By Oath or Affirmation: Six Books About the U.S. Constitution

Reviews of America’s Constitution: A Biography, by Akhil Reed Amar; Christianity and the Constitution, by John Eidsmoe; The Nine: Inside the Secret World of the Supreme Court, by Jeffrey Toobin; Our Undemocratic Constitution: Where the Constitution Goes Wrong (And How We the People Can Correct It), by Sanford Levinson; and A More Perfect Constitution, by Larry J. Sabato.

Nine Times (Among Countless Others) I've Thought About the People Who Came Before Us in My Brief Career as a Father

The full text of this essay is not currently available online.

For every living person on Earth, I wonder, how many dead people are in the ground? Do they care that we walk around on top of their heads? Do our ancestors follow us around throughout the day, and do they shake their heads at us when we repeat their mistakes?

What's the Matter with Houdini?

This essay was the winning non-fiction entry in the 2009 Jeffrey E. Smith Editors’ Prize.

The full text of this essay is not currently available online.

I can only figure out who I am by projecting myself onto my dogs. It occurred to me on day, when performing this exercise in self-definition on my cocker spaniel, that my own, my family’s and my country’s history of interaction with cocker spaniels encapsulates our changing relationship with nature, with science, with mortality.

A Conversation with Ellen Bryant Voigt

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This is a culture that does not honor the arts, increasingly does not honor the arts, does not honor literacy, does not honor intelligence, does not honor contemplation. That’s what we’re swimming in. I think you have to find whatever it is that drove you to begin writing in the first place, and you have to feed it.

Poetry Feature: Christina Hutchins

Ruby and the Alarm Bird

Washing my father’s hands

Translations

Turnstile

Poetry Feature: Lisa Williams

Featuring the poems:

 

Melt

If I could enter what I long for,

true coursing, blown North,

 

some passage I believe is fluid

without the stops of intellect,

 

I’d be a glacier disassembling

into liquid, icy grains

 

awash and running, freed

from rigid doubt into one bead

 

of travel, cold without pain,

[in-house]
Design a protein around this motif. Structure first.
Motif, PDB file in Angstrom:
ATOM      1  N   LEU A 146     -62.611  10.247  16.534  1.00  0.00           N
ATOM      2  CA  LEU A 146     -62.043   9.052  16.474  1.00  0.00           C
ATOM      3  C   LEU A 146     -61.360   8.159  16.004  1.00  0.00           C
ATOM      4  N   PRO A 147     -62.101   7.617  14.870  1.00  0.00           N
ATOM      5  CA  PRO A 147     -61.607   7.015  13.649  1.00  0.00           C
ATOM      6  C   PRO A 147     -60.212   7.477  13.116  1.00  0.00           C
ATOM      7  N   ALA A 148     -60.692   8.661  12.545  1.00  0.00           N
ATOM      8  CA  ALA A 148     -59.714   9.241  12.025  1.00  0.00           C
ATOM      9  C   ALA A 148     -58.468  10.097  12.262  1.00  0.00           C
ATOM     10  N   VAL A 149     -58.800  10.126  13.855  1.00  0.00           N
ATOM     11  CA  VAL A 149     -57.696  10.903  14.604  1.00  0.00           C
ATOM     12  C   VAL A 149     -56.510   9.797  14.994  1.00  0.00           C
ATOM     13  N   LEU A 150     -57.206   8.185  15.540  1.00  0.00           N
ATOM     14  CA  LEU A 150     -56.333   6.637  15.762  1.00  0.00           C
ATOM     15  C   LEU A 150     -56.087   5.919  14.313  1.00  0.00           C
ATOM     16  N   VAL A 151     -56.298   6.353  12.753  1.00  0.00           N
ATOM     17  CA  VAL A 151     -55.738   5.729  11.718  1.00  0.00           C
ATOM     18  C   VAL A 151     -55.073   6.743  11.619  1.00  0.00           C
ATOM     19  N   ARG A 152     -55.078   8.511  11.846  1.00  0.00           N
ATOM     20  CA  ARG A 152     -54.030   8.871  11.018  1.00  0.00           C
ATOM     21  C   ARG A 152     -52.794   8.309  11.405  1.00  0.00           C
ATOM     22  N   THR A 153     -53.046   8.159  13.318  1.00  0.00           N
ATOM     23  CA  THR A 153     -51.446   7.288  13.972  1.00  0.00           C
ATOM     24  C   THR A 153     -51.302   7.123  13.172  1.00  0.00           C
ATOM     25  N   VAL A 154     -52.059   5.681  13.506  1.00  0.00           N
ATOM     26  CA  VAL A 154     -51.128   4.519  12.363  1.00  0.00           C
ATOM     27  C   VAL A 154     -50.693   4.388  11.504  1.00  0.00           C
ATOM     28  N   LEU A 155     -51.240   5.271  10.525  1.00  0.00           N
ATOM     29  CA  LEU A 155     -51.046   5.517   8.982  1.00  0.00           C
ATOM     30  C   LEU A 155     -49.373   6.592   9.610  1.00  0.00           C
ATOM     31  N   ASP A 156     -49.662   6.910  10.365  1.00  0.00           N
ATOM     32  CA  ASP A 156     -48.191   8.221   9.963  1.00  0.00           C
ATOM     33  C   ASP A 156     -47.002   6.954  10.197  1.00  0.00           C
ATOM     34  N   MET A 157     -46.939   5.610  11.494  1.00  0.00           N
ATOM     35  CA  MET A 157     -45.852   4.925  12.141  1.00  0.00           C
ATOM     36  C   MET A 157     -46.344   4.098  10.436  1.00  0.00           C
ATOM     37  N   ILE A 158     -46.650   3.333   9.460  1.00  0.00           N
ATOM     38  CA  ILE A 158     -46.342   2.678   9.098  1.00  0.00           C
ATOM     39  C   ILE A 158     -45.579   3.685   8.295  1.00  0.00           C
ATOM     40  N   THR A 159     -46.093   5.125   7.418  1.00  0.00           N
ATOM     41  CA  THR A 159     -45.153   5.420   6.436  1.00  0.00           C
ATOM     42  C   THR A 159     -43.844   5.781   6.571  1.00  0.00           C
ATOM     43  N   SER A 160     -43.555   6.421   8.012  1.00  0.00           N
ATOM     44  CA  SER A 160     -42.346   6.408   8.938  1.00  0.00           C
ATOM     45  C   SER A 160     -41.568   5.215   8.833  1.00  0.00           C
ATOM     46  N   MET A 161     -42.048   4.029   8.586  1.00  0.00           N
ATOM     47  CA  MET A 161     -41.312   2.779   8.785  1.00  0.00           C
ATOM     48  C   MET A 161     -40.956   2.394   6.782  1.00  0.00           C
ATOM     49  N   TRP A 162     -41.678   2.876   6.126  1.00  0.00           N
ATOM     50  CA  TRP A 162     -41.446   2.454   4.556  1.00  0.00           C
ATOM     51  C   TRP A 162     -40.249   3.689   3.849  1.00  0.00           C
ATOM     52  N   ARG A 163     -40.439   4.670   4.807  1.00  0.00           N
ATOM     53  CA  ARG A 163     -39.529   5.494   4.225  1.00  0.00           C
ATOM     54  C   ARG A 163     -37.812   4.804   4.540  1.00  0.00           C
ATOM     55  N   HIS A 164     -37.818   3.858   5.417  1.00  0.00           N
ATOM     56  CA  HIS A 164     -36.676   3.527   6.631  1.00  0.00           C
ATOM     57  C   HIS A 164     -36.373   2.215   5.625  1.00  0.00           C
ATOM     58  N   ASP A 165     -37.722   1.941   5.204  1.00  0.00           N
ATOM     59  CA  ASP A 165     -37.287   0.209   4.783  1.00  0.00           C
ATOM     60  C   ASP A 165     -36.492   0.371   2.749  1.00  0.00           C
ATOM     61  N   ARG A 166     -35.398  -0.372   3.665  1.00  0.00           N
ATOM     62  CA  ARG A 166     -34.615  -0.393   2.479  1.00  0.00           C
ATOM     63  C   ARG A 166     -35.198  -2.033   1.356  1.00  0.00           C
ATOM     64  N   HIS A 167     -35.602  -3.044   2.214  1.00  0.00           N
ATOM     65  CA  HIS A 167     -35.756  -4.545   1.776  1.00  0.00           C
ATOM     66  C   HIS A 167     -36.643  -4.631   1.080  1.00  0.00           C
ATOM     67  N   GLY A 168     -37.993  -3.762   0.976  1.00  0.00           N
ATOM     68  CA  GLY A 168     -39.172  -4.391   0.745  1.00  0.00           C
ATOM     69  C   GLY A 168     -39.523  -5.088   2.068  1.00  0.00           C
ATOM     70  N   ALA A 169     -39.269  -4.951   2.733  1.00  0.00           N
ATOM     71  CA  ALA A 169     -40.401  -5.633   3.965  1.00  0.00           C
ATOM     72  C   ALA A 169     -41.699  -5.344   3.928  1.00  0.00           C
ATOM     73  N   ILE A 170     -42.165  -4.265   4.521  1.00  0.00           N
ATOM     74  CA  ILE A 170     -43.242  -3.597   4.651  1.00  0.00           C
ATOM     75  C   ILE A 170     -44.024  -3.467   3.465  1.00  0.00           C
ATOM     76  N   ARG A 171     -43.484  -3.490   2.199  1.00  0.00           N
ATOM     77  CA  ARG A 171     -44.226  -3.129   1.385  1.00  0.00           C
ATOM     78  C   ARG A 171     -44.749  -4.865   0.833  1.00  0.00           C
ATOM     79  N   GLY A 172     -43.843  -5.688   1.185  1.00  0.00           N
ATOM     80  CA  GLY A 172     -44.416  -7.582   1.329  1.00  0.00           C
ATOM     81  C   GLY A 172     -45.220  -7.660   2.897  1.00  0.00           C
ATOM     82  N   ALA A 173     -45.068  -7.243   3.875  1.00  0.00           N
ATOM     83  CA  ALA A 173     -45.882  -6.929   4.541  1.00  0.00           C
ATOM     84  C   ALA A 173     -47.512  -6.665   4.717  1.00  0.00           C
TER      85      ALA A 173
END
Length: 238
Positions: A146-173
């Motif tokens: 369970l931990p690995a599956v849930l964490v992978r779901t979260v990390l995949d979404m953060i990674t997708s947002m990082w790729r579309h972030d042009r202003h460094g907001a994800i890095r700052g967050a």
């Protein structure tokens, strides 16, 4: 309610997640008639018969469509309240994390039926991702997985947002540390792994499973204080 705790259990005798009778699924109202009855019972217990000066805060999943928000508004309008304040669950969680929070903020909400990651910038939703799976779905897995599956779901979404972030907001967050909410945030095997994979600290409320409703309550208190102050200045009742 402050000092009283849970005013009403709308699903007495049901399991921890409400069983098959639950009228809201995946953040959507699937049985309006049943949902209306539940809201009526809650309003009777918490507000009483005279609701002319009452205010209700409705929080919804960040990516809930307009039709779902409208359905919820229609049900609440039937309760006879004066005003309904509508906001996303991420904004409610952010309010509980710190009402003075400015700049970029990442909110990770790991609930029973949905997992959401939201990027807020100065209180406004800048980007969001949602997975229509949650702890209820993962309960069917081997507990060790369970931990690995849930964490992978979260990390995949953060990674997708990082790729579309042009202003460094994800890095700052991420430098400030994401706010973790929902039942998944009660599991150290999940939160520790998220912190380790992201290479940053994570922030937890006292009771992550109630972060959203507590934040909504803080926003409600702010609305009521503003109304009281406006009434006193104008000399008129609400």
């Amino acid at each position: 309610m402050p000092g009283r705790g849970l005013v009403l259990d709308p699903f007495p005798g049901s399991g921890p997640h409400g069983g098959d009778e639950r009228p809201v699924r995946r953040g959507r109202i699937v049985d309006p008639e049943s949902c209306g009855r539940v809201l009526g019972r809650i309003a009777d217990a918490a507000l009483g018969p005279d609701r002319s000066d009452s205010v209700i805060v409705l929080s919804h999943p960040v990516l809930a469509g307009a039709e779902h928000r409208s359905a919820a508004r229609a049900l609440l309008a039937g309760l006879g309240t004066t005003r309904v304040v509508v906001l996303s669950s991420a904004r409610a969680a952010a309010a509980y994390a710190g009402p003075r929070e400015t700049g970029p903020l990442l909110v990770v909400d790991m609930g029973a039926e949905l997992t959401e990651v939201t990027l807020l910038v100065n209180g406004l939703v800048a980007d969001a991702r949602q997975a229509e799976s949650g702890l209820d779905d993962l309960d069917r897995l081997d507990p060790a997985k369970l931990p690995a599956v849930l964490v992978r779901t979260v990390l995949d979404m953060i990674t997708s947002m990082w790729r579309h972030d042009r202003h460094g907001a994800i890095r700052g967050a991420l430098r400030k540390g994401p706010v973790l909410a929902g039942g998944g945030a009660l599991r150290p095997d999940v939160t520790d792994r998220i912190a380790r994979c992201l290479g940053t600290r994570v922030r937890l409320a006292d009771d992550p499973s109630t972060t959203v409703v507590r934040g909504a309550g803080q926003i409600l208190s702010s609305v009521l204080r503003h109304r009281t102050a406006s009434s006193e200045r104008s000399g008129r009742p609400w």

removed from but akin

 

to others in a witless flux

of continuing, scrambled syntax

 

whose translation is diluted,

whose value is all go

 

uncontrived, arrow of happenstance,

inebriated flow,

 

and where I would be riding

would not be justified, there would be

 

no reason for it, I can tell you-

extemporary motion,

 

the going and the being gone

to sea.

Poetry Feature: Frannie Lindsay

Enough

The Good Day

The Music is Going Great in Both Directions

In Bed with Janet

Encore

Pleasure

Vandalizing My Sister’s House

Nelson Street

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June told her mother about this woman, how she waited in her front yard in order to speak with her father, and how she’d smile with her “big fat lips.” But the mother only laughed and said, “Well, aren’t you the little spy?”

Public Enemy

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I was eight years old and just strong enough to slip a shot over the lip of the rim when I heaved it just right. I don’t know how CJ missed me standing at the edge of the playground’s blacktop, crook of my right arm squeezing a basketball, but he did. I wanted to hide or run past them and up to my parents’ apartment, but I ended up backing up to the fence and sitting on my heels like I was watching TV.

Grief

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It was snowing when I left the tavern. A couple of inches had accumulated during the hour or so I’d been inside eating a fish sandwich, washing it down with a local IPA. I had just come back crom Portland, Oregon. My daughter, Gabrielle, had died there four years before.